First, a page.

When speaking about The Thomas Crown Affair people mostly mean the 1968 film by Canadian director Norman Jewison starring Steve McQueen and Faye Dunaway. Or they could mean the 1999 film directed by John McTiernan of Die Hard fame and starring Pierce Brosnan, Rene Russo, Frankie R. Faison, and Denis Leary. But when I am speaking of The Thomas Crown Affair I mean both.
Both films are about art heists and both films possesses enough fine art references (particularly to painters from the last two centuries) to entertain a fine art graduate student. From Lucien Pissarro to Pierre-Auguste Renoir and everyone in between, the films excludes no one. But this is more than something for the museum crowd, the films know how not to be condescending and offer a mile-a-minute thrills. Elegant soundtracks and styles ordain both film with an air that is très sophistiqué. Nina Simone’s songs and Leary’s working-class comic stylings meet as a heavenly pair in the 1999 film. An ending difficult to accept morally makes the 1968 film a something of an enigma as well.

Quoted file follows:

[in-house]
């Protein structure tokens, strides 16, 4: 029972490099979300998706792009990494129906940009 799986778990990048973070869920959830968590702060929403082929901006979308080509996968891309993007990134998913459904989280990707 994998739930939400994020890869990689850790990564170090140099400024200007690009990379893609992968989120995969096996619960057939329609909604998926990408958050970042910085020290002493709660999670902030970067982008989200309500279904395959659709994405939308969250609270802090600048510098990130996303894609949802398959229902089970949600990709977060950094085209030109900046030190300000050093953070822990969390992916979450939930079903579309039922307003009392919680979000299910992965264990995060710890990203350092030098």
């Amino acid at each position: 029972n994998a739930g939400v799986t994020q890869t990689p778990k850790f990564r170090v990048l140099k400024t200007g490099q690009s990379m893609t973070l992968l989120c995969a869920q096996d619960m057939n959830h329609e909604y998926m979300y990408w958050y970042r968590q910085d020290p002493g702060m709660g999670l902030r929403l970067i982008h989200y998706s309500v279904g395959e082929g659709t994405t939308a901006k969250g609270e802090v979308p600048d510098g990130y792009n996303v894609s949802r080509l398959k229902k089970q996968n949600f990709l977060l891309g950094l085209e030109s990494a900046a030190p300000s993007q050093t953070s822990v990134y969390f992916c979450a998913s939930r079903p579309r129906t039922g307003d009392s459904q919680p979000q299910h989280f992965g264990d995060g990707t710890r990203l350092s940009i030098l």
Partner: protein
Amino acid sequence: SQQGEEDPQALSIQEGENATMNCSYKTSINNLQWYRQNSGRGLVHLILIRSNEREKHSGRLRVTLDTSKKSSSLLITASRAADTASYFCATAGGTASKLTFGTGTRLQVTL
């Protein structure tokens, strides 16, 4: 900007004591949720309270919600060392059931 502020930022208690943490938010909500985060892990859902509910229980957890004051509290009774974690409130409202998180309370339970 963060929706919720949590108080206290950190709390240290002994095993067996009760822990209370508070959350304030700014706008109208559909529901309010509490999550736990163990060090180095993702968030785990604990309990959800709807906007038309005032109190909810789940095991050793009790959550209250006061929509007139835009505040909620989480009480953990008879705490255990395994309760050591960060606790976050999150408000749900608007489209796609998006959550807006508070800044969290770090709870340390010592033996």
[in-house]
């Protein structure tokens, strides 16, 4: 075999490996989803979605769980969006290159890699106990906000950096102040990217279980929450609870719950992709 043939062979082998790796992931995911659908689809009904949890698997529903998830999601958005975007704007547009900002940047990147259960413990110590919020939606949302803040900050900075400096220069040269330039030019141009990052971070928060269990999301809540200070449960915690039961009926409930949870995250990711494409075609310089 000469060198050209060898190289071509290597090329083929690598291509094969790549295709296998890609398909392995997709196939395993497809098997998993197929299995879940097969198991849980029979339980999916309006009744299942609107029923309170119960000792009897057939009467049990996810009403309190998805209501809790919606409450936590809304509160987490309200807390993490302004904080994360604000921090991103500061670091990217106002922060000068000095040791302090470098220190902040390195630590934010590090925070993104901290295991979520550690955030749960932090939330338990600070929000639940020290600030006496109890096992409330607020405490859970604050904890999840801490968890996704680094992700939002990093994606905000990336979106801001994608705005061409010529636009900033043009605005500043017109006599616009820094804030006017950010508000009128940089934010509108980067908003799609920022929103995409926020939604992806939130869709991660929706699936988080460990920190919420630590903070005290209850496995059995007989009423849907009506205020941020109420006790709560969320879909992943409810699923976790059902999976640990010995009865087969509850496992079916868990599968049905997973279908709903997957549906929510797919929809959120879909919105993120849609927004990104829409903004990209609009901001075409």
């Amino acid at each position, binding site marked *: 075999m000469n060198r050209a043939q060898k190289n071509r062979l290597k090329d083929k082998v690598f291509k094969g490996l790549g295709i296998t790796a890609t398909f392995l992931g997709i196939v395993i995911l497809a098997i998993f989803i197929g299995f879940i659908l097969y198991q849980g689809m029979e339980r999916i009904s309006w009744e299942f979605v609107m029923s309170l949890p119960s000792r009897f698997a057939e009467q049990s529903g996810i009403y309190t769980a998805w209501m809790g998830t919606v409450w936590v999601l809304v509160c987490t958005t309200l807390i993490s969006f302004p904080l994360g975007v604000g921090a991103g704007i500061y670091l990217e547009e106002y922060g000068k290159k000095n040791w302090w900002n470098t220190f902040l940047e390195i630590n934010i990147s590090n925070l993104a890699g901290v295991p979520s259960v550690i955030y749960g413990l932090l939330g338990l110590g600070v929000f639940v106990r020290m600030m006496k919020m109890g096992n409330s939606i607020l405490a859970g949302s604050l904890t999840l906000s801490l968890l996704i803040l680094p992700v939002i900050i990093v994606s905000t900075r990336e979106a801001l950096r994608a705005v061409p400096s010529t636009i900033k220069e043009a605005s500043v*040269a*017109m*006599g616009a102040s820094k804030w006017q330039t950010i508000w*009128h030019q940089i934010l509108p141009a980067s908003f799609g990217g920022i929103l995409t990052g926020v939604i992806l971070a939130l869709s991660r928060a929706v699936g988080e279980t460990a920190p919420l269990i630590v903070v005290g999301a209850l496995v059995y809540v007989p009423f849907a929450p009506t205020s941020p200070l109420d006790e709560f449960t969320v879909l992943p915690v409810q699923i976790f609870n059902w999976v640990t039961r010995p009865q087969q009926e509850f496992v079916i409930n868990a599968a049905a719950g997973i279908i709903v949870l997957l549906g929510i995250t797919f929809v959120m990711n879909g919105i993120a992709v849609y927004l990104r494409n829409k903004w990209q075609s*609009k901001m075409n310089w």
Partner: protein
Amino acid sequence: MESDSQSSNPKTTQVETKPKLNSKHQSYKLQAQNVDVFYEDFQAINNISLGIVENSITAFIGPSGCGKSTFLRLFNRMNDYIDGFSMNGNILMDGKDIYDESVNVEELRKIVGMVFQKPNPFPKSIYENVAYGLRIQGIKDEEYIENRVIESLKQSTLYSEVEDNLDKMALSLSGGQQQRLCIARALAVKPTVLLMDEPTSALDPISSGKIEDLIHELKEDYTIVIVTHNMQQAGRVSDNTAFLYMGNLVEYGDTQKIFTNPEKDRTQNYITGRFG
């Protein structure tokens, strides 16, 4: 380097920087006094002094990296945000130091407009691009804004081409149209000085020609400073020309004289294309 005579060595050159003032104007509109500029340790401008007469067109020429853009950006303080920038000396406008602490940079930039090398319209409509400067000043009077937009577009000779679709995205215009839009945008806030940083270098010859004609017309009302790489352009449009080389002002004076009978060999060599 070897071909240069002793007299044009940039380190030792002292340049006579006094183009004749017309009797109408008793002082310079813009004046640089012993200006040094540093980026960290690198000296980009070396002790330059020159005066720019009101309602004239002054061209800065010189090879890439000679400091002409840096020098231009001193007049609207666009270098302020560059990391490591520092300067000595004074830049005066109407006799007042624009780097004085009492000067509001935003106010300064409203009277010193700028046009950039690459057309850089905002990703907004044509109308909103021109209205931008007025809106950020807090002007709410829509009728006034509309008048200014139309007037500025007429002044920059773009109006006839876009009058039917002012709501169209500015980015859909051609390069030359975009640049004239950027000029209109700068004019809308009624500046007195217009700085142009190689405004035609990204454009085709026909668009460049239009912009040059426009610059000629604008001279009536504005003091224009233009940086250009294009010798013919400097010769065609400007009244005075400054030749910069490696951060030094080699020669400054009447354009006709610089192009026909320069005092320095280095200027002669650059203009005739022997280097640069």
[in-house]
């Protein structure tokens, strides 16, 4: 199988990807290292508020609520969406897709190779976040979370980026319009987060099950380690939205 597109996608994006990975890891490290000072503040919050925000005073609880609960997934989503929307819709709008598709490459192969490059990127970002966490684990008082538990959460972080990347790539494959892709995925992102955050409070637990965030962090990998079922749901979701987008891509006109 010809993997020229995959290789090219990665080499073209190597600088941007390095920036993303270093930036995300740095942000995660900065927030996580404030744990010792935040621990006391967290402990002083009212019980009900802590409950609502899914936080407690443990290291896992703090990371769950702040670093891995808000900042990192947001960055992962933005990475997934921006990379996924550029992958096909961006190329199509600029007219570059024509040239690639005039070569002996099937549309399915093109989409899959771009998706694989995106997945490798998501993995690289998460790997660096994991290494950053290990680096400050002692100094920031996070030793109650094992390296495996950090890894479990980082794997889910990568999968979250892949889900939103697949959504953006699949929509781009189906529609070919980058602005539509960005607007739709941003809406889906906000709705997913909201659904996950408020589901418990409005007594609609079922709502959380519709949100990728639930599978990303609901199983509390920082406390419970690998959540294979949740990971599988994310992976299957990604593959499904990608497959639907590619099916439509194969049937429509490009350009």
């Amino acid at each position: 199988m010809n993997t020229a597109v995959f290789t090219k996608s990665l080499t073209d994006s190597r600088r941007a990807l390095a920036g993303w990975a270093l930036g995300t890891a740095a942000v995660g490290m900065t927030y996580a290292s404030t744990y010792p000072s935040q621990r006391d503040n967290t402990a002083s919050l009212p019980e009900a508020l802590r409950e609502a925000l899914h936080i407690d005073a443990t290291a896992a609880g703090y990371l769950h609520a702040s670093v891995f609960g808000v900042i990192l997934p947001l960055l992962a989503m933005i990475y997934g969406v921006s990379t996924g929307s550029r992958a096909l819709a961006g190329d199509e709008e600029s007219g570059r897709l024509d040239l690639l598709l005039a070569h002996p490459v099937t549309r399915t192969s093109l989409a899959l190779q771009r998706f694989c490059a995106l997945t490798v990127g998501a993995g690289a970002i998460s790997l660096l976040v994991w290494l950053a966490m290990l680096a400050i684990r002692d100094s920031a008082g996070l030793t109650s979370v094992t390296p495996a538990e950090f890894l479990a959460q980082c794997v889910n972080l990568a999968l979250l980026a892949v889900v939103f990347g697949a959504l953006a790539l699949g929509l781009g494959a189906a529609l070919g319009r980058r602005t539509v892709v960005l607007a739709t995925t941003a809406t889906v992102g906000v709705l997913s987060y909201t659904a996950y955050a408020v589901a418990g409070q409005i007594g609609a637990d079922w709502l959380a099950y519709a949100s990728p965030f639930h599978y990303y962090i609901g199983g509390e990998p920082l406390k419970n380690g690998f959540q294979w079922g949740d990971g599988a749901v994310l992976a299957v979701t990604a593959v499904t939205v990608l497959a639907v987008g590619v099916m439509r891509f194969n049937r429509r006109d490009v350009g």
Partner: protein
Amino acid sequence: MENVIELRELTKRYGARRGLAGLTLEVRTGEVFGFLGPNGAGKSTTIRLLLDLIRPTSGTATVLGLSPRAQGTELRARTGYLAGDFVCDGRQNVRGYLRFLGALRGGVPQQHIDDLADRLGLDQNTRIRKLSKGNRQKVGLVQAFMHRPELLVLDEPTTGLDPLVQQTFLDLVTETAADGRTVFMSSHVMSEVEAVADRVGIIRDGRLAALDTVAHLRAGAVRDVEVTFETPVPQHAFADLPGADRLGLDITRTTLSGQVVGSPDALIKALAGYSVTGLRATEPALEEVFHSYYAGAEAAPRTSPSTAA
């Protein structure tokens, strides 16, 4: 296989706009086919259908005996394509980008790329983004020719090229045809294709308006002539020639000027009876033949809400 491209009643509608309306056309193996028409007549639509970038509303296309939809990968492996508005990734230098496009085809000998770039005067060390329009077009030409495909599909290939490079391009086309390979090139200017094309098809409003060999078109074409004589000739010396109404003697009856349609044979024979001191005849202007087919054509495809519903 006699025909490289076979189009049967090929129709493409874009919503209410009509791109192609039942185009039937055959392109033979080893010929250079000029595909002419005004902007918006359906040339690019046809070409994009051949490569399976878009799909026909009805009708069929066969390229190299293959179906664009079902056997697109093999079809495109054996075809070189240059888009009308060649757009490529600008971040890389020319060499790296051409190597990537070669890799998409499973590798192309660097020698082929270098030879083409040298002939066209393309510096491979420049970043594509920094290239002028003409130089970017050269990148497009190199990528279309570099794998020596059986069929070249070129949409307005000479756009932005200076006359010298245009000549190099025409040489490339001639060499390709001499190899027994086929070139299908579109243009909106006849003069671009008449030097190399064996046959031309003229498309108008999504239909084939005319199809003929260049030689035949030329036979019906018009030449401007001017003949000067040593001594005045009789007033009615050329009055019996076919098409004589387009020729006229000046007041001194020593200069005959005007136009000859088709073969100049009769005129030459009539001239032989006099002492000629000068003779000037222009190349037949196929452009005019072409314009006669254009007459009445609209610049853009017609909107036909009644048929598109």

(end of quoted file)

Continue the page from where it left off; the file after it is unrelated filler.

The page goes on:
I like to think that both films are from the same series rather than one is a remake of the other. The Thomas Crown Affair is as entertaining as a film as its tastes are rich (and they are oh-so-very rich). Fine art and people with too much money and time is a recipe for fun (especially when you include some rough-and tumble no-nonsense cops). These films are like the nouveaux riche of cinema, they both swing from gauche to chic in a heartbeat. And all of it makes for certain entertainment.